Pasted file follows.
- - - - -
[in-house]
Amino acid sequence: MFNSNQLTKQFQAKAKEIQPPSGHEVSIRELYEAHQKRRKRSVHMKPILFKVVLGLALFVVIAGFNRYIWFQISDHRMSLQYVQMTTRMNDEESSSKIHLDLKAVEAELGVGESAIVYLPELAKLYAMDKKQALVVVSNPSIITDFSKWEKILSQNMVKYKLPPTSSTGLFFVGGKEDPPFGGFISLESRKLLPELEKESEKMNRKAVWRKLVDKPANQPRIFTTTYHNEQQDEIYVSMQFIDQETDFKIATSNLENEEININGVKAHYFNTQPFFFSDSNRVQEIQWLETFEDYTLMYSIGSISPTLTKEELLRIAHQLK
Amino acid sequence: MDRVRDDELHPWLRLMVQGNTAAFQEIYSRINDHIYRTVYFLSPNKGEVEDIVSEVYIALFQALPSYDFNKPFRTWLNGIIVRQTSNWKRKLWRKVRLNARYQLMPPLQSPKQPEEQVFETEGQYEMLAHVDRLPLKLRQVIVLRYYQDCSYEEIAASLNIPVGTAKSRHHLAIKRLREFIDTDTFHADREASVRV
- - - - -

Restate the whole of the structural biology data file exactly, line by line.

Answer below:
[in-house]
Amino acid sequence: MFNSNQLTKQFQAKAKEIQPPSGHEVSIRELYEAHQKRRKRSVHMKPILFKVVLGLALFVVIAGFNRYIWFQISDHRMSLQYVQMTTRMNDEESSSKIHLDLKAVEAELGVGESAIVYLPELAKLYAMDKKQALVVVSNPSIITDFSKWEKILSQNMVKYKLPPTSSTGLFFVGGKEDPPFGGFISLESRKLLPELEKESEKMNRKAVWRKLVDKPANQPRIFTTTYHNEQQDEIYVSMQFIDQETDFKIATSNLENEEININGVKAHYFNTQPFFFSDSNRVQEIQWLETFEDYTLMYSIGSISPTLTKEELLRIAHQLK
Amino acid sequence: MDRVRDDELHPWLRLMVQGNTAAFQEIYSRINDHIYRTVYFLSPNKGEVEDIVSEVYIALFQALPSYDFNKPFRTWLNGIIVRQTSNWKRKLWRKVRLNARYQLMPPLQSPKQPEEQVFETEGQYEMLAHVDRLPLKLRQVIVLRYYQDCSYEEIAASLNIPVGTAKSRHHLAIKRLREFIDTDTFHADREASVRV